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Traces of (Un-) Sustainability

Towards a Materially Engaged Ecology of Mind

Peter Graham

Persons only develop in relation to environment, much in the same way we develop psychologically in relation to our parents and caregivers. Neither child nor parent is properly conceptualized, modelled, or understood without the inclusion of the other in the map or model of psychological/ecological development. Likewise, we perceive, think, and feel with and not just about environment and material artifacts. The achievement of sustainability then implies making changes to minds that are mediated, extended and distributed across brains, bodies, and the materiality of one’s environment. Our inherited world, however broken, guides our individual and collective becoming much as a parent guides the development of a child.

The traces of (un-) sustainability perspective refutes the economistic conceptual model whereby rational economic actors are misperceived and misunderstood to have the moral right, if not the duty, to actively participate in the destruction of our collective future with ethical immunity. The presumed intelligence and naturalness of the market-based economic system is exposed as primarily a historically inherited culture-based delusion. If values and attitudes can be at least partially transformed by transforming the mundane materiality which is co-constitutive of our social mind, then an important milestone will have been achieved in our understanding of (un-) sustainability.

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Chapter 3 let’s go fishing!

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The hypothetical utterance “let’s go fishing” would not be possible without specific instances of an implicit, pre-existing, and recursive materially engaged ecology of mind. Such a process of material engagement would include bodies; tools (both cultural/cognitive and material); pre-existing ideas and memories (distributed among living beings, including fish) and material things (e.g., waters with fish in them); places; stories; processes; agents; and all these together constituting a richly meaningful atmosphere implicit in any invitation from a parent to a child to go fishing. The purpose of this chapter is to flesh out the implicit and recursive dimensions of such a common everyday invitation and develop theoretical connections between those dimensions pertinent to the contemporary societal imperative of sustainability.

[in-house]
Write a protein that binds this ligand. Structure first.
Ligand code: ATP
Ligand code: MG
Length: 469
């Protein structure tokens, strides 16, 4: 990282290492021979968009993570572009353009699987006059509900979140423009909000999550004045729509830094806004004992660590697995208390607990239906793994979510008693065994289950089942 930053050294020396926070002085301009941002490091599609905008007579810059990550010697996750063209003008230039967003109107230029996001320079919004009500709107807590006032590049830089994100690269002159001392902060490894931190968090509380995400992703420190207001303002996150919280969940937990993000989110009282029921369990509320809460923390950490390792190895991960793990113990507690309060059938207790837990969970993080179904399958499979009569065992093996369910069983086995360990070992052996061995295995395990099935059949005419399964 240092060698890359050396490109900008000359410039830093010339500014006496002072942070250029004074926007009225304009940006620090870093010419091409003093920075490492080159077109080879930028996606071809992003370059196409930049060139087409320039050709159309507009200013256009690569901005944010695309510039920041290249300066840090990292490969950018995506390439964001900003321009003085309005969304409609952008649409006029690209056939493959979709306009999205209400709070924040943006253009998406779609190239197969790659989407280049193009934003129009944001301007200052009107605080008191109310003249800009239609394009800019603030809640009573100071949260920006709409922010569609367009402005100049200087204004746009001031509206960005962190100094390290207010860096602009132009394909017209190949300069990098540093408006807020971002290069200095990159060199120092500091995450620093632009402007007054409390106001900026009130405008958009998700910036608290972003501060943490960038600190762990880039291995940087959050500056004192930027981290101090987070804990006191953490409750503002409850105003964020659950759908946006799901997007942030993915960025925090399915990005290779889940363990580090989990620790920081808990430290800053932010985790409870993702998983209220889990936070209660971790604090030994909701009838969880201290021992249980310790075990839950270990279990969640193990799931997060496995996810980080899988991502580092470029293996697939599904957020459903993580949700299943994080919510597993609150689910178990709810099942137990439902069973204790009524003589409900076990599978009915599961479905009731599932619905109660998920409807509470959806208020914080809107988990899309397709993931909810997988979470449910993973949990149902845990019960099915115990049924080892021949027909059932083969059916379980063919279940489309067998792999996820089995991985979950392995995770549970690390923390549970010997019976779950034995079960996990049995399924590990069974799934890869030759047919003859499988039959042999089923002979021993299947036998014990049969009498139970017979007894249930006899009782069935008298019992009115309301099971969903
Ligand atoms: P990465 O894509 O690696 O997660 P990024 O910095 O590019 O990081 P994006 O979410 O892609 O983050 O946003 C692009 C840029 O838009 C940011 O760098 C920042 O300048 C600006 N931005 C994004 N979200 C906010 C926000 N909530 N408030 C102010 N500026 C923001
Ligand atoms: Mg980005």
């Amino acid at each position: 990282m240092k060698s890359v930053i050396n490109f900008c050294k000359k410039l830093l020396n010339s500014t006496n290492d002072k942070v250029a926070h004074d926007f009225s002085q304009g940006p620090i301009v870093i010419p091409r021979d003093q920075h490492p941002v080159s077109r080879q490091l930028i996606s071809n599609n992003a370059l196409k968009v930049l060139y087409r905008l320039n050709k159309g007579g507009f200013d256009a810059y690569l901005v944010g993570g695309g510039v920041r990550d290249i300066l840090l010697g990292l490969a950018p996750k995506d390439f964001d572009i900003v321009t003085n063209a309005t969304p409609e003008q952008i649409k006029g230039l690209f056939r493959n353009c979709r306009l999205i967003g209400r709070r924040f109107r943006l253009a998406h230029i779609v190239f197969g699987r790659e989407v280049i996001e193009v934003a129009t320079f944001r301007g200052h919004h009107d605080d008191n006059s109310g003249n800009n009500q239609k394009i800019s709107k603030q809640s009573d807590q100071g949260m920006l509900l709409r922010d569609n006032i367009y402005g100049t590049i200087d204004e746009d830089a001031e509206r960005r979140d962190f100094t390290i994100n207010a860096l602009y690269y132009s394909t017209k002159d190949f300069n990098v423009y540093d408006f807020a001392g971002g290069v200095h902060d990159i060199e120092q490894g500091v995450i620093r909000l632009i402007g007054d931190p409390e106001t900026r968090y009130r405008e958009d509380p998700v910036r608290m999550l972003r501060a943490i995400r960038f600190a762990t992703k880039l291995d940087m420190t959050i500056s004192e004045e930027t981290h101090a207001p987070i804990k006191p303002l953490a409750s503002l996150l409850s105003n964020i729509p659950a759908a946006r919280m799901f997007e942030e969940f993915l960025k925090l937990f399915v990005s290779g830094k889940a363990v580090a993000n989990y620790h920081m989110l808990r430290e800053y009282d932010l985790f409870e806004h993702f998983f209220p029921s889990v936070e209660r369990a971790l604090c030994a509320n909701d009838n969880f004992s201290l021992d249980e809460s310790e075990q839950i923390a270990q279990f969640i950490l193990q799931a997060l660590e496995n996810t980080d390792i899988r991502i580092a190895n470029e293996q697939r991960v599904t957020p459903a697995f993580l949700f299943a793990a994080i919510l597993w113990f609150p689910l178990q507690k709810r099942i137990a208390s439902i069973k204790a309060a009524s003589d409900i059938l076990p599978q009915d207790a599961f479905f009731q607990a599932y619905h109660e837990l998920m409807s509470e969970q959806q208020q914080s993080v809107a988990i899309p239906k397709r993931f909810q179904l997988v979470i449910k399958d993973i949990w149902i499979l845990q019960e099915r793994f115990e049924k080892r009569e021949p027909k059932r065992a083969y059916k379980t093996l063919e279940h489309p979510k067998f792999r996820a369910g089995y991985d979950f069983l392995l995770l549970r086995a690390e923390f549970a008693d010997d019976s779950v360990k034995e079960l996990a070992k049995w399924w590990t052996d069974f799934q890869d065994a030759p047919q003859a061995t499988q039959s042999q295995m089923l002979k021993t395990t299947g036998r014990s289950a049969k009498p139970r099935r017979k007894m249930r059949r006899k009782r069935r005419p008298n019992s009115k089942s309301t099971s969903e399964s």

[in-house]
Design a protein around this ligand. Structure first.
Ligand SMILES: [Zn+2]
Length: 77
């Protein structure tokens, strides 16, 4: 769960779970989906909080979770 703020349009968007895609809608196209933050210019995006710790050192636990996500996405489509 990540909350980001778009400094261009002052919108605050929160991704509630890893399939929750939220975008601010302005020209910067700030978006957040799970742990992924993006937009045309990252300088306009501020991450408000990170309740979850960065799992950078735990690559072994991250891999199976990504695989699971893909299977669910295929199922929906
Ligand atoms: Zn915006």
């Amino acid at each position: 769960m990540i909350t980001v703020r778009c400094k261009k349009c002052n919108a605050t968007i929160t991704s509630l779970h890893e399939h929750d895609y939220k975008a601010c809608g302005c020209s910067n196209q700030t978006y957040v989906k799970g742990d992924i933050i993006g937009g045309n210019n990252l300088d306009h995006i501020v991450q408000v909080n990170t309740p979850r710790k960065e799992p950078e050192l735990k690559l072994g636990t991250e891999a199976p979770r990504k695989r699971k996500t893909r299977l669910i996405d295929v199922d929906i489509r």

To recap, the primary focus of this book is on the materiality of social cognition, putting mind and matter back together, and the implications of already-in-practice matter-and-mind assemblages as they relate to (un-) sustainability. As outlined in the previous chapter, the perspective I adopt begins from an understanding of cognition as “embodied, distributed, mediated, situated, extended and enacted” (Malafouris, 2004, p. 57) within material-engagement processes. From a Material Engagement Theory (MET) perspective, brain, body, tool(s), and object/materiality are co-constitutive of cognitive ←93 | 94→processes. A mind requires each of these elements to be able to function as a mind. Minds always develop within bodies acting within sociocultural and sociomaterial contexts to the point where attempts at disentanglement become simply exercises in obfuscation. In worse-case scenarios, a focus on the...

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